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The Union government may privatize one of India’s four state-owned general insurers in the first half of FY23 because of high investor interest, ahead of the planned divestment of public sector banks, two people aware of the matter said.

Several private insurers have shown strategic interest in state-run insurers, and some of them have already met officials of the department of financial services (DFS) over the past few months, the people cited above said, encouraging the government to push their privatization first.

The government owns four general insurance companies —New India Assurance, National Insurance Co., United India Insurance Co. and Oriental Insurance Co.

A group of ministers (GoM) on disinvestment may identify the public sector insurer for sale before the current fiscal year ends so that the process could start in the first quarter of FY23 and be completed in the first half of next year, the people said on condition of anonymity.

Queries emailed to DFS, the administrative department for public sector insurers, and the ministry of finance remained unanswered until press time.

Privatizing an insurer will also be easier for the government since the Parliament has already amended the General Insurance Business Nationalization Act, which allows it to dilute its stake in a general insurer below 51%. However, the Parliament is yet to amend the Banking Regulation Act, which is necessary to divest a government-owned bank. Though the amendment was expected in the winter session of Parliament, it was not introduced as the session ended ahead of time.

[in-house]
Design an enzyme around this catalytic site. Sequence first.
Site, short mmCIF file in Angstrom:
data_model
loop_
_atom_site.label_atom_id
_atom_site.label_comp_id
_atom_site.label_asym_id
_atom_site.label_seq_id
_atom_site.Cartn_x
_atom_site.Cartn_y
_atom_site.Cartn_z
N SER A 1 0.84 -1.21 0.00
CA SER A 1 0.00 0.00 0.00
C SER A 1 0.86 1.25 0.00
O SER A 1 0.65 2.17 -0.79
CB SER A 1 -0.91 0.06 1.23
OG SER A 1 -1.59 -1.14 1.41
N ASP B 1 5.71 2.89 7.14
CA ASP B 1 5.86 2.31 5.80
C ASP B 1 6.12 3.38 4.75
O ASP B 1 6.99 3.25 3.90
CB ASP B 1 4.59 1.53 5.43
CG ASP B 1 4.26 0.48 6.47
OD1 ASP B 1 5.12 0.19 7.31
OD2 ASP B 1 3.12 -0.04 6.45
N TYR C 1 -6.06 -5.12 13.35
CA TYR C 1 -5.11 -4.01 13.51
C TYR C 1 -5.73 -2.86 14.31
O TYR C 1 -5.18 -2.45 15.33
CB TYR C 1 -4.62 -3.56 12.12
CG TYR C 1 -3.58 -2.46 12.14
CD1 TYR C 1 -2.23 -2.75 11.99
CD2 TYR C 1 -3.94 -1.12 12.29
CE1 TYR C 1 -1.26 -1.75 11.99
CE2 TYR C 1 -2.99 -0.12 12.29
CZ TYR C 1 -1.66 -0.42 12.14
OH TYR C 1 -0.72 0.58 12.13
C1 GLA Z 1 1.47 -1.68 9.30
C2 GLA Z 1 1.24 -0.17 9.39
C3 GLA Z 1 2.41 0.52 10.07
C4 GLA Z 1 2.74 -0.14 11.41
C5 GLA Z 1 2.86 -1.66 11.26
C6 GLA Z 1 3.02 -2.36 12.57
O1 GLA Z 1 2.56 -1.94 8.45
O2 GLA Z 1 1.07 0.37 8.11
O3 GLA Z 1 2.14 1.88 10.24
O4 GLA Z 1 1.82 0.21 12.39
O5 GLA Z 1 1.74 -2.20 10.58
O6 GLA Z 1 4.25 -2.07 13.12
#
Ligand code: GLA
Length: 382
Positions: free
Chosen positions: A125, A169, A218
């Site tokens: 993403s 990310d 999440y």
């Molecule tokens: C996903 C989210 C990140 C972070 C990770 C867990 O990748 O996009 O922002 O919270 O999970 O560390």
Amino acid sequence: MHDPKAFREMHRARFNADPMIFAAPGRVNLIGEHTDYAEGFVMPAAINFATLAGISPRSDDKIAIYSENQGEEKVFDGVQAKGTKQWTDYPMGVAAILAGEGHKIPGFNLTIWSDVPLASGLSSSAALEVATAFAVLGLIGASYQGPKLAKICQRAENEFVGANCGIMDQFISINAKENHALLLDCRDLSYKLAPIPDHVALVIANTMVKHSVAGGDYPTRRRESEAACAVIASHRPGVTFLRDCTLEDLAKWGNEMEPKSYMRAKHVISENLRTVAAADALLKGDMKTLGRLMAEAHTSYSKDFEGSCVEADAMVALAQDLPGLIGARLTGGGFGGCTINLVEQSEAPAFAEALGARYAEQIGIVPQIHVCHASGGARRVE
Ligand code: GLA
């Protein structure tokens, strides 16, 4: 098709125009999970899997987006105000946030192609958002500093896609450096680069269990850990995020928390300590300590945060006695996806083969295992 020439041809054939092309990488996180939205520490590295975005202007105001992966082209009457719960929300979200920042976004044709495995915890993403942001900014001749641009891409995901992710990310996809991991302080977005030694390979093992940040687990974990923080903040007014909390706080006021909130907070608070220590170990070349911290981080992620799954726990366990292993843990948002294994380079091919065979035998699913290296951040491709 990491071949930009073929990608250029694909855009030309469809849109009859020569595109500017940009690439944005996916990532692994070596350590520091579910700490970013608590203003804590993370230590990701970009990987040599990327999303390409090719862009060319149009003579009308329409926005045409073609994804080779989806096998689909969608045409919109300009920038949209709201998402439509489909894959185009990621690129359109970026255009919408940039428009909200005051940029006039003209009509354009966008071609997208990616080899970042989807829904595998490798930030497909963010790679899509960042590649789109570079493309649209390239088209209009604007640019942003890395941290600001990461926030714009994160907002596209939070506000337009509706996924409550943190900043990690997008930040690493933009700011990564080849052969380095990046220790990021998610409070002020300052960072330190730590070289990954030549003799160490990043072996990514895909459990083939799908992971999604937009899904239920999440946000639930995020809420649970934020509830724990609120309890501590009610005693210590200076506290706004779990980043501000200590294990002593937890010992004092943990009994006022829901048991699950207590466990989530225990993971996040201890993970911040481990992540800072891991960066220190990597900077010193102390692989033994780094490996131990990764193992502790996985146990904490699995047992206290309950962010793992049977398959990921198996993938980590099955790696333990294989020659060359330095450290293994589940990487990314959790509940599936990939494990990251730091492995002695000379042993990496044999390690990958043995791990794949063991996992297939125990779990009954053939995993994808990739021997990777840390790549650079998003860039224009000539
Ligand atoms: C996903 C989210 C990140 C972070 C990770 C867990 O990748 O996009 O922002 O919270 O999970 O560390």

The people cited above said that three to four large private insurers and a couple of new insurance companies have held early talks with the DFS officials. Based on the insights from these meetings, the government will create a timeline for disinvesting insurance companies.

Finance minister Nirmala Sitharaman in her Budget 2021 speech, had announced strategic divestment in two public sector companies and financial institutions, including two banks and one insurer. Though the insurer’s name was not finalized, government think tank NITI Aayog has recommended privatizing United India Insurance. The insurer reported a loss of 1,485 crore in 2019-20; still, it is considered the best candidate for privatization, as its nationwide presence and high market share in various general insurance categories would provide immense value to an acquirer. In addition, the company is not listed either, making the transaction process easier.

The Centre was earlier working on a proposal to merge National Insurance, United India Insurance and Oriental Insurance into a single entity and subsequently list it on exchanges. However, in mid-2020, the government infused 12,450 crore into the three entities, betting on their profitable growth as individual entities. The general insurance market comprises 27 companies, including the four major PSU entities, 23 private players and six stand-alone health insurers.

The insurance density in India (ratio of premium to total population) is $73 compared with the average world insurance density of $650. Insurance penetration in India is at 3.69%, compared with the world average of 6.13%. The penetration in the general insurance sector is still less than 1%.

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